Henry M. Beardsley

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Henry M. Beardsley
Beardsley-mayor.jpg
Mayor of the City of Kansas City, Missouri
In office
1906–1907
Preceded by Jay H. Neff
Succeeded by Thomas T. Crittenden, Jr.
Personal details
Born (1858-10-20)October 20, 1858
Mount Vernon, Ohio
Died April 19, 1938(1938-04-19) (aged 79)
Kansas City, Missouri
Political party Republican
Spouse(s) Marietta (Davis) Beardsley
Children Eleanor M.(b. 1884)
George D.(b. 1887)
Henry S.(b. 1895)
Alma mater University of Illinois
Occupation Attorney, Civic organizer
Religion Congregationalist

Henry Mahan Beardsley (October 20, 1858 – April 19, 1938) was an attorney, civic leader, and the Mayor of Kansas City, Missouri from 1906-07.

Early life[edit]

Henry Beardsley was born on a farm near Mount Vernon, Knox County, Ohio one of six children of George Fitch and Martha (Mahan) Beardsley. In 1867 the Beardsley family moved to Champaign, Illinois, where Henry's father was a successful real estate broker and manufacturer.[1] Henry attended the University of Illinois, where he earned degrees in Literature and Law in 1879 and 1880 with Phi Beta Kappa honors.[2] After further study of law under Champaign attorney George W. Gere, Beardsley was admitted to the Illinois Bar in September, 1882.

Going to Kansas City[edit]

Henry Beardsley moved to Kansas City, Missouri in October, 1886 where he worked for Jarvis & Conklin Mortgage Trust Company briefly before establishing a law practice the following year with Alfred Gregory, an old friend from Illinois.[2] Beardsley became involved with civic organizations soon after arriving in Kansas City including the local YMCA, which he became President of in 1892. He was a charter member of the Municipal Improvement Association, and elected President of the Kansas City Bar Association in 1895.[3]

Politics[edit]

Henry Beardsley helped select the design of the Liberty Memorial.

In 1898 Henry Beardsley ran for and won the first of two terms on the Kansas City City Council. Reelected in 1902, he also served on the Board of Public Works where he lobbied for large improvements in the citys' sewer and water systems. In 1900 Beardsley had become a charter member of the Kansas City chapter of the National Civic League as well. At first refusing calls from supporters to stand election for Mayor, in 1906 Beardsley gave in and won handily. As mayor he found some of his efforts stymied by the Pendergast political machine, however he was still able to bring a more businesslike approach to city hall. His biggest achievement perhaps is appointing a board to design a new city charter. The new charter was approved by voters in April, 1908.[2] Unfortunately however, in that same election Beardsley was denied a second term as mayor. Nonetheless he stayed involved as a civic leader in a variety of ways. Beardsley was a delegate to the Republican National Convention in 1908 and 1928.[4] In 1910 he helped found the Kansas City chapter of the Society of the Friendless, a progressive organization promoting rehabilitation of prisoners while incarcerated. Speaking at an organizational meeting Beardsley said "Criminals ought to be on the credit instead of the debit side of the state's accounts. A small amount invested in reclaiming these men brings big returns to the state."[5] Resuming his law practice after leaving the mayors office, Beardsley would often do pro bono work for those accused of crimes but could not afford an attorney. Perhaps the most visible legacy of Henry Beardsley in Kansas City is the Liberty Memorial. Beardsley chaired the committee that selected the designer of the memorial.[6]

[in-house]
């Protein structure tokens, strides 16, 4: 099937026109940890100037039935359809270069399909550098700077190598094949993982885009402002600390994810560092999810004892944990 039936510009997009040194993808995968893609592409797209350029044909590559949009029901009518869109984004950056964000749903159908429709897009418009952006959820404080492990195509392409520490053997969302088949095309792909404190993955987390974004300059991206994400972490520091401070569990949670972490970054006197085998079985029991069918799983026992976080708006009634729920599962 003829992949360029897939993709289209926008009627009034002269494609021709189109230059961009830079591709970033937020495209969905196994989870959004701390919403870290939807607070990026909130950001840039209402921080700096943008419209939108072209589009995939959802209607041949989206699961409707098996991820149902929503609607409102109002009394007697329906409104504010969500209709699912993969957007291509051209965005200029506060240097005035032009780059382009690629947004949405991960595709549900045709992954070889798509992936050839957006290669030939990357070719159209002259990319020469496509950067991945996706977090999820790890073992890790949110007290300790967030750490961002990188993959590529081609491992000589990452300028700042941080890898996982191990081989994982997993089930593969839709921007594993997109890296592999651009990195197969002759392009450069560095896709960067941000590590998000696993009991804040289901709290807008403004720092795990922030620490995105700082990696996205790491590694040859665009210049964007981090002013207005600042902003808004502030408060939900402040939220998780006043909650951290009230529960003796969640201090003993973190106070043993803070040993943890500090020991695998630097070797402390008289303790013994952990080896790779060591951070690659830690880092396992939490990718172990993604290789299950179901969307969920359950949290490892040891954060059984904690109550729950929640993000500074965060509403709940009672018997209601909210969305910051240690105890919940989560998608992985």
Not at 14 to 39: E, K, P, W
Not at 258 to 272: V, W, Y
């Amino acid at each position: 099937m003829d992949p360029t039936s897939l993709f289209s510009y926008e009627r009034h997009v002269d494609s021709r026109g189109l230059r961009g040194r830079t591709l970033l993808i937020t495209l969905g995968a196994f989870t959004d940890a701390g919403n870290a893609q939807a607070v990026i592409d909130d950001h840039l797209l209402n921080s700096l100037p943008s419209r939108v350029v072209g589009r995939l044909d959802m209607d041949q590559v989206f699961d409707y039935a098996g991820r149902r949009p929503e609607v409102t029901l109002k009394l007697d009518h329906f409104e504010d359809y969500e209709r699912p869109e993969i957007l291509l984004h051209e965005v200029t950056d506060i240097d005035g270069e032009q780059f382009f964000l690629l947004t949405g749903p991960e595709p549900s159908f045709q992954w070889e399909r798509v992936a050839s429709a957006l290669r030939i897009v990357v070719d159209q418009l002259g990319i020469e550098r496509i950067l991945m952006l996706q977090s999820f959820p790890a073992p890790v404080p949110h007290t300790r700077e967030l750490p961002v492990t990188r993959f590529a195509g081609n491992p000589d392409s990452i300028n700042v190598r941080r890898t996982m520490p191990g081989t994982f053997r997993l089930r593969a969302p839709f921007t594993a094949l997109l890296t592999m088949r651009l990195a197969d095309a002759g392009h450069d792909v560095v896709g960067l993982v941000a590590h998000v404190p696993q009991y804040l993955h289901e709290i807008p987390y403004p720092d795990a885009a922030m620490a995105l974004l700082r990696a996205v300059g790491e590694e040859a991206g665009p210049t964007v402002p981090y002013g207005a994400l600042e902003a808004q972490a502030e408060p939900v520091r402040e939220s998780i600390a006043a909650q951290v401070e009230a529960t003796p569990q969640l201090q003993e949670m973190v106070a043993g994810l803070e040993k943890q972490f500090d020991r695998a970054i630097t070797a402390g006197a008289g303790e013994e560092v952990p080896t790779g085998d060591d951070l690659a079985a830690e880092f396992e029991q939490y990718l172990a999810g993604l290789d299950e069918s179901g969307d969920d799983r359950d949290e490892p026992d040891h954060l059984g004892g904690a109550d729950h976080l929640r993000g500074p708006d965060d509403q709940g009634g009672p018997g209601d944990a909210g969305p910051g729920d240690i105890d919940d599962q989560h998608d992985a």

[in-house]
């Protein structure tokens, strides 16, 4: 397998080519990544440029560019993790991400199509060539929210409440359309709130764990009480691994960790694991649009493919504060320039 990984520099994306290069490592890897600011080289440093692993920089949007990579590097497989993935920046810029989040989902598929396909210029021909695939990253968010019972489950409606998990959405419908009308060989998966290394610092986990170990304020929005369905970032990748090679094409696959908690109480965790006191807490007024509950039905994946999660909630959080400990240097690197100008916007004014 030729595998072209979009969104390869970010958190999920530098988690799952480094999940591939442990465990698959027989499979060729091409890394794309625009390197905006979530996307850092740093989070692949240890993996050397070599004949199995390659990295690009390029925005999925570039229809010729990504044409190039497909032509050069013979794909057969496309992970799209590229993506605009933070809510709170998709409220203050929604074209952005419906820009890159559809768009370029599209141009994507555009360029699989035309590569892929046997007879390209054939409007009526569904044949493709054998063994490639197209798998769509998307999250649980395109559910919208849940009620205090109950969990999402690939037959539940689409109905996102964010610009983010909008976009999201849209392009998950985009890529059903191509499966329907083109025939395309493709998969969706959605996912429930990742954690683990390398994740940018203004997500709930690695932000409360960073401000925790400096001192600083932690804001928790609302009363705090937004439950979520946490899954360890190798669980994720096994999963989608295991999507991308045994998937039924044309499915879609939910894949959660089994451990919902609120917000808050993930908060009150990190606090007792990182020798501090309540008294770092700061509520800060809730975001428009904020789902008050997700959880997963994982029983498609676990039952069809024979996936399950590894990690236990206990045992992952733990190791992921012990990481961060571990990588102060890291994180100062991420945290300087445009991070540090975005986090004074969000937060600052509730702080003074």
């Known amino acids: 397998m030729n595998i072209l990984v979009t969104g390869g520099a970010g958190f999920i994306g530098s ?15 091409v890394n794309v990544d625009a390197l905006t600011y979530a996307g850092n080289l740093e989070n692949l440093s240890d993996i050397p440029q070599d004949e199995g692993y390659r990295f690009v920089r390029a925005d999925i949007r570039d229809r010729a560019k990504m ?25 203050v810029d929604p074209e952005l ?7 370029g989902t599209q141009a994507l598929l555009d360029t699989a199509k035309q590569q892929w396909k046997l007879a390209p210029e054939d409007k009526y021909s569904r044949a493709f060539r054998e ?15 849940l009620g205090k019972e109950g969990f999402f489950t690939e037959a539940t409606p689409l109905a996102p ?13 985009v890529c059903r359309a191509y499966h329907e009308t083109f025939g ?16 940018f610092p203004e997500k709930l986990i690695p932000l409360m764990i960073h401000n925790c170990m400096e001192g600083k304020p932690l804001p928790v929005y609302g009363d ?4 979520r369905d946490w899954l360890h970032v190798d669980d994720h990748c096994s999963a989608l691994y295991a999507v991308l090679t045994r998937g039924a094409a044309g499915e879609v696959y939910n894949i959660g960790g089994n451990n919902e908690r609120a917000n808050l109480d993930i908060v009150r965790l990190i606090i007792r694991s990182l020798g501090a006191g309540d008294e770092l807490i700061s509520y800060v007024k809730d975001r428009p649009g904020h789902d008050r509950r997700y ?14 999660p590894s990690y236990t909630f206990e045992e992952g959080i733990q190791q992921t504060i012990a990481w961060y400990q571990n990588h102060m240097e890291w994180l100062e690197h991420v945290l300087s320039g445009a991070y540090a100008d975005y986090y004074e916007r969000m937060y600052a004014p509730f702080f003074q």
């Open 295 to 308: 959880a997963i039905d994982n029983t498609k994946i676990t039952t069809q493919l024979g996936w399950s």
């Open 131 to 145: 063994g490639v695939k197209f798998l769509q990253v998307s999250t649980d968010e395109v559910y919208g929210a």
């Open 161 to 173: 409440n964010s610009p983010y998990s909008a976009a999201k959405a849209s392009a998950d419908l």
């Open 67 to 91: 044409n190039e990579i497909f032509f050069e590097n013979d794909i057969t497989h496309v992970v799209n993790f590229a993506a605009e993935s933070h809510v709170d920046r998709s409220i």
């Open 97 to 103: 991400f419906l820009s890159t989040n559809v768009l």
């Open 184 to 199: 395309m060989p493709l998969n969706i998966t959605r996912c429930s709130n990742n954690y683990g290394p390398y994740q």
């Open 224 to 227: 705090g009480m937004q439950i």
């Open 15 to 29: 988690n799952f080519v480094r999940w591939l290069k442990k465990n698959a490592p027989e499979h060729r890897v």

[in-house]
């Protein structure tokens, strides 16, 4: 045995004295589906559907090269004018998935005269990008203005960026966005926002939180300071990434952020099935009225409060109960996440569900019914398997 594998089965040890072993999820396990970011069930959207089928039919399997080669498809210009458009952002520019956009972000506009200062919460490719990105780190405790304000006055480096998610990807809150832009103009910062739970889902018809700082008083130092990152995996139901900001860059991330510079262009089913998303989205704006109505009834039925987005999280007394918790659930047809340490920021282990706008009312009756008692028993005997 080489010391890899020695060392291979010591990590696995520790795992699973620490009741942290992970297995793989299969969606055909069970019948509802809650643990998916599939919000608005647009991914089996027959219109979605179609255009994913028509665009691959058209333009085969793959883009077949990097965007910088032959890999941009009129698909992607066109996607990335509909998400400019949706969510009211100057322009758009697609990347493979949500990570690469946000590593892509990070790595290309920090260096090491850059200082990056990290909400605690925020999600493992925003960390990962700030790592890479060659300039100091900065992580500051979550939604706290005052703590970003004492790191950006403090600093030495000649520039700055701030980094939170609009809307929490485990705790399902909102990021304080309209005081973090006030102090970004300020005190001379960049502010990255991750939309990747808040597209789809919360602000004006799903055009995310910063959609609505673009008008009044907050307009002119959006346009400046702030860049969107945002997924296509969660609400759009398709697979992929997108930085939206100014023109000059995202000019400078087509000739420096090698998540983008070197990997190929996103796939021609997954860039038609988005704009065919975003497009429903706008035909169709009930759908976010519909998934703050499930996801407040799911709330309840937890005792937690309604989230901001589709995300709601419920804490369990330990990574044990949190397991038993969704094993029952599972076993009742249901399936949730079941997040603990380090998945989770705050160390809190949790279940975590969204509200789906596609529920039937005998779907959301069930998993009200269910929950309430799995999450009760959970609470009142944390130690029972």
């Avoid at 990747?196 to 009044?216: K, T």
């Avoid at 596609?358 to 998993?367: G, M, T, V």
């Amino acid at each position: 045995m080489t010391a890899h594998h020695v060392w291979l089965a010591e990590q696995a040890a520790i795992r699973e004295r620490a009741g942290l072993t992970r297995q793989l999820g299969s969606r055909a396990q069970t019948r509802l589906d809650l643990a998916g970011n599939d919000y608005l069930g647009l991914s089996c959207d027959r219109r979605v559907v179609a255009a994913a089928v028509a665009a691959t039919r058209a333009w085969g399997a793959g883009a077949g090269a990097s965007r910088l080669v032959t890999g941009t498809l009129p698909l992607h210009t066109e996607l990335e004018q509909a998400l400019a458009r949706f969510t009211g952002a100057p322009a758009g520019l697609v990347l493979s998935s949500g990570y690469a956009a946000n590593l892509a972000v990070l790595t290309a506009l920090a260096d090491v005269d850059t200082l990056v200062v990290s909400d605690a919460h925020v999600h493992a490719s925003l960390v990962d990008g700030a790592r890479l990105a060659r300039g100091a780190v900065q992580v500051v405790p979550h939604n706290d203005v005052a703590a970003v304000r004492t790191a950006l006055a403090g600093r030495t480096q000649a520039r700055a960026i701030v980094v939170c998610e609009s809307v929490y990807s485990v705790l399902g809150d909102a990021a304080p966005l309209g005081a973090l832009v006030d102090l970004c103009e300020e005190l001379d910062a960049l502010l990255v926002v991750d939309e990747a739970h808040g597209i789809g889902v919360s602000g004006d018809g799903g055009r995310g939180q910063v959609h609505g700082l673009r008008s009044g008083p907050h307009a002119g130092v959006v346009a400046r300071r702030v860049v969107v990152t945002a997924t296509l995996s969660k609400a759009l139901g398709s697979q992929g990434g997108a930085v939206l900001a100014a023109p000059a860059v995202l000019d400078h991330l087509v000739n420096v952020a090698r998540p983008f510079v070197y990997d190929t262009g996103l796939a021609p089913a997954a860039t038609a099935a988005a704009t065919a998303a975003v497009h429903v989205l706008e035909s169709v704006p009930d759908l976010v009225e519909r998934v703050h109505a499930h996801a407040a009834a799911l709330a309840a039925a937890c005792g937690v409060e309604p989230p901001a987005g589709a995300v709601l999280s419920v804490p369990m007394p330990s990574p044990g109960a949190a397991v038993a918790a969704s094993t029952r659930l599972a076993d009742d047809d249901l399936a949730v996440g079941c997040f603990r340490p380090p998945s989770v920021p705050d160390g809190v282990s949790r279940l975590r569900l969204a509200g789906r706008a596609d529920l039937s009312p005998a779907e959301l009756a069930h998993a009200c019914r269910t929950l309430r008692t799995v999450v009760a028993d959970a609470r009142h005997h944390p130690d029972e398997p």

Personal life[edit]

Henry M. Beardsley married his wife Marietta(Davis) in 1882. They were the parents of three children: Eleanor M.(born 1884), George D. (born 1887), and Henry S. (born 1895). In 1940 Henry S. Beardsley ran for 1st District United States Representative but was defeated.[4] Henry Beardsley's grandson, Melville W. Beardsley, was an inventor and aeronautical engineer who contributed much to Hovercraft technology. On April 19, 1938 Henry Mahan Beardsley suffered a fatal heart attack in his Kansas City home.

References[edit]

  1. ^ "Henry Beardsly Biography". Ancestry.com via Rootsweb. 1906. Retrieved 10 July 2012. 
  2. ^ a b c Dictionary of Missouri Biography, Lawrence O. Christensen, University of Missouri Press, 1999
  3. ^ "Kansas City History". Kansas City Public Library via website. Archived from the original on 7 October 2007. Retrieved 10 July 2012. 
  4. ^ a b "Biography-Henry M. Beardsley". The Political Graveyard website. 2012. Retrieved 10 July 2012. 
  5. ^ The Kansas City Journal, Published by The Journal Company, 10 January 1910.
  6. ^ "Liberty Memorial history". Architectural and Historical Research, L.L.C. 1 April 2000. Retrieved 10 July 2012. 
Political offices
Preceded by
Jay H. Neff
Mayor of Kansas City, Missouri
1906–1907
Succeeded by
Thomas T. Crittenden, Jr.